Extra arts education boosts students’ writing scores — and their compassion, big new study finds
When you’re the big fish, it’s not OK to pick on the little fish just because you can.
That’s an important lesson for everyone. But some Houston first-graders got a particularly vivid demonstration in the form of a musical puppet show, which featured fish puppets and an underlying message about why it’s wrong to bully others.
The show left an impression on the students at Codwell Elementary, according to their teacher Shelea Bennett. “You felt like you were in that story,” she said. “By the end of the story they were able to answer why [bullying] wasn’t good, and why you shouldn’t act this way.”
The puppeteer’s show was part of an effort to expand arts education in Houston elementary and middle schools. Now, a new study shows that the initiative helped students in a few ways: boosting students’ compassion for their classmates, lowering discipline rates, and improving students’ scores on writing tests.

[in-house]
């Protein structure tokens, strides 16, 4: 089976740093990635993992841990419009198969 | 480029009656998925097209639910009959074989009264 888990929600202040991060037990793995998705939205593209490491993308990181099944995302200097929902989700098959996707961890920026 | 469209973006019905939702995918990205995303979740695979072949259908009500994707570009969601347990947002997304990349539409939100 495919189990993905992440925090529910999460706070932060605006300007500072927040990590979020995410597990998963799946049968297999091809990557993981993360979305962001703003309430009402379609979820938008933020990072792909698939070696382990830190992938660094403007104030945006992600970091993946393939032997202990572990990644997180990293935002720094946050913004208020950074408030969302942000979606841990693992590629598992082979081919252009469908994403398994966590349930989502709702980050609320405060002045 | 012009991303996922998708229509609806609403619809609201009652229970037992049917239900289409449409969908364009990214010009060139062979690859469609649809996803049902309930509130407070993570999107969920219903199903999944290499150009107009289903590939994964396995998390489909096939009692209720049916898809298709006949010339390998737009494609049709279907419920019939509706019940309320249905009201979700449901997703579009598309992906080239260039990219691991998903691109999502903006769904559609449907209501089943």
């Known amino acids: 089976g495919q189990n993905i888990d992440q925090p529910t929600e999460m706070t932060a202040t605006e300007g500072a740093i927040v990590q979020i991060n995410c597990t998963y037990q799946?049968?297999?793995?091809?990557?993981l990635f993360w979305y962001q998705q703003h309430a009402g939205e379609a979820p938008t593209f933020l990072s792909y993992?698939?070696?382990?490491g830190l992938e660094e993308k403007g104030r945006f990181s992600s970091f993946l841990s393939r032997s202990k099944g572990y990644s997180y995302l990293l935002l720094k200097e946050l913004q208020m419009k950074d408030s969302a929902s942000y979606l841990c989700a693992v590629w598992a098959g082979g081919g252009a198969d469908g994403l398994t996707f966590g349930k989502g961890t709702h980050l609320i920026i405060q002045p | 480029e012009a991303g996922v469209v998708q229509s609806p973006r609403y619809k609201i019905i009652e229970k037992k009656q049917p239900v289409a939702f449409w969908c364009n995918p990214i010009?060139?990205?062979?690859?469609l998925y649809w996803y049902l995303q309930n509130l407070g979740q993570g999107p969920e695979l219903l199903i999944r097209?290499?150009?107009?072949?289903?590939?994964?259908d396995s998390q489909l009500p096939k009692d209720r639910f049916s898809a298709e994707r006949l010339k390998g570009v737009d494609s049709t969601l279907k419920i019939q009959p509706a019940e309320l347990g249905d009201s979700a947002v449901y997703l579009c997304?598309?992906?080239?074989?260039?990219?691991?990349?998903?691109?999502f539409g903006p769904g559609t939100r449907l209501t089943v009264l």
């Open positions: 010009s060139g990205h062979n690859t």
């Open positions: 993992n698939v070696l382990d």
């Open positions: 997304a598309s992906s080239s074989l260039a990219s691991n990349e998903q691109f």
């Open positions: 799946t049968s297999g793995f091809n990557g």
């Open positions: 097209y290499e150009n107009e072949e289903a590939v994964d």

It’s just the latest study to find that giving students more access to the arts offers measurable benefits. And adding time for dance, theater, or visual arts isn’t at odds with traditional measures of academic success, according to the research — which amounts to one of the largest gold-standard studies on arts education ever conducted.
“Arts learning experiences benefit students in terms of social, emotional, and academic outcomes,” write researchers Dan Bowen of Texas A&M and Brian Kisida of the University of Missouri.
The study, released Tuesday through the Houston Education Research Consortium, looked at elementary and middle schools — which predominantly served low-income students of color — that expressed interest in participating in Houston’s Arts Access Initiative. There appeared to be significant need: nearly a third of elementary and middle schools in the district reported lacking a full-time arts teacher.